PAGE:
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Monday, April 27, 2009

Let's talk about parent companies

How the heck are ya? Hope you had a good weekend!

So today, I'd like to blab about parent companies (bigger companies that own smaller companies), and how they relate to going CF. How important are they? To be honest, that all depends on you and how much that does or doesn't bother you. If you've been using a product that for a very long time has been CF, but then that division is purchased by a parent company who tests, what do you do?

In this case, I'd say it all depends on your individual comfort level. For me, it's bothersome. I don't like the notion that the product I'm using, although it may be a CF product, is now receiving it's funding from a parent company who tests. I immediately stopped using Neutrogena when Johnson & Johnson purchased them. I haven't used Kiehl's since they were purchased by L'Oreal - although they claim to remain CF.

I don't want to sit here and get all lecture-y on you. I just want to point out that there are a few brands out there claiming to be CF - and that division may indeed be CF - who are owned by a parent company who tests.

But how is that division going to handle it? If you're Burt's Bees, recently purchased by Clorox, they handled it quite well actually. Burt's Bees sent out a press release to concerned CF consumers stating that they always have been and always will be CF, and that they realize they're now owned by a parent company that engages in testing. However, they stated, they feel that this now gives Burt's Bees a great opportunity to pressure Clorox to ultimately cease their own animal testing. Which really, I thought that was a nice touch. That's a fantastic goal for any CF product purchased by a company that tests - "Okay, they own us, but maybe now we can show them a better way of doing things."

On the "Does Test/Does Not Test" lists, sometimes you'll see a little asterisk next to a company that's on a "Does Not Test" list. Check the little key at the bottom, and you'll likely see that it stands for "A CF line owned by a parent company that tests." That's how you know, and from there, it's up to you on how comfortable or uncomfortable that makes you.

That being said, here are a couple of other no-no's (or exceptions to the rule) that absolutely chap my butt:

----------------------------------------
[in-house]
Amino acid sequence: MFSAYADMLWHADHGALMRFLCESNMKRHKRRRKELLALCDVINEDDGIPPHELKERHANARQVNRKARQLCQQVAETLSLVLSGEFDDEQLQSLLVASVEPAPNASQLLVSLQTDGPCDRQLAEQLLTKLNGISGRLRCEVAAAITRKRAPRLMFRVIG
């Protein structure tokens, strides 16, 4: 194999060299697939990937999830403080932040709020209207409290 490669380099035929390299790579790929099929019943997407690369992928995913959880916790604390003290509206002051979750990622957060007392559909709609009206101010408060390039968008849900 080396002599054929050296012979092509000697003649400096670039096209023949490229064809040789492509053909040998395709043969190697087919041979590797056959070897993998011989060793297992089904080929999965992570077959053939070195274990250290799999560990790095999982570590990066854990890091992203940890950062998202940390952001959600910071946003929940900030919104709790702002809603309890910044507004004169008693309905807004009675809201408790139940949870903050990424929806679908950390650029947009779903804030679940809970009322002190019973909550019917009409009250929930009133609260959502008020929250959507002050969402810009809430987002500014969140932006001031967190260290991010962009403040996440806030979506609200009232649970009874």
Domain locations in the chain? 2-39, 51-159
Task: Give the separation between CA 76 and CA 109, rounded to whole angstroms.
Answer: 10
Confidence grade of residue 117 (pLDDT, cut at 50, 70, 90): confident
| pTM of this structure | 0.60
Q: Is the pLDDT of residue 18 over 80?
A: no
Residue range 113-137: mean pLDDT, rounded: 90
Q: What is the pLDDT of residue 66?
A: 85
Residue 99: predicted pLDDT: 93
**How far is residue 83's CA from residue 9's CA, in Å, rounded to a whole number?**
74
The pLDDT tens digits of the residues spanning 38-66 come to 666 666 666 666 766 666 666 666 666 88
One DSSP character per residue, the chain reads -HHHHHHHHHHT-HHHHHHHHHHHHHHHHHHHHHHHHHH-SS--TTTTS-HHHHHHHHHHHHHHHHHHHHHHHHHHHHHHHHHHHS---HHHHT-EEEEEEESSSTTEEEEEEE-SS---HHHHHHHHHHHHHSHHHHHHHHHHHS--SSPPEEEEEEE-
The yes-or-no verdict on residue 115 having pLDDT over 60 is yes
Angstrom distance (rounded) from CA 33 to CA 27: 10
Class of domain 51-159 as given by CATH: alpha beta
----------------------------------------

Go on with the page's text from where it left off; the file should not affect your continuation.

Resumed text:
1. Cosmetic companies based on fashion lines. Sure, Chanel and Christian Dior's cosmetics aren't tested on animals, but their fashion lines contain fur. And that's not even a separate company, such as my example of L'Oreal and Keihl's. That's the same exact company, just a different product, that's engaging in a cruel and barbaric practice.

2. The same company tossing one CF product at you, but still animal testing on all their others. Clairol does this with Herbal Essence and Natural Instincts. Clorox does this with their Greenworks products. It doesn't matter - they still test all their other products on animals, and tossing the consumer one little product here and there to mollify us is quite frankly insulting. Again, it's different than Clorox purchasing Burt's Bees - BB was already a non-tested, totally separate brand before Clorox came along. Greenworks is a Clorox brand, wholly owned and developed by Clorox - and it's the "developed" part that's the rub. Until companies like Clorox and Clairol (to just use a couple of examples) go CF as a whole, having a couple of their own company-developed CF products out there on the shelves doesn't make the constant testing of all of their other products okay.

Speaking of parent companies, I'd like to leave you with some happy news, so there's this: If you're using any of the following brands - Estée Lauder, Aramis, Clinique, Prescriptives, Origins, MAC, Bobbi Brown, Tommy Hilfiger, Jane, Aveda or Donna Karan - give yourselves a big round of applause. Anything and everything owned by Estee Lauder falls under the CF umbrella. Estee Lauder was one of the first companies to go CF, and they just keep on buying other companies left and right. More and more mainstream cosmetic companies are CF thanks to the Estee Lauder company.

As I said before, it depends on an individual's comfort level, so I won't say anymore on that. I'll try to update as I find out more companies to use as an example, and again, if you have questions about any specific brands or companies, feel free to email me.

Have a good Monday!

Lisa

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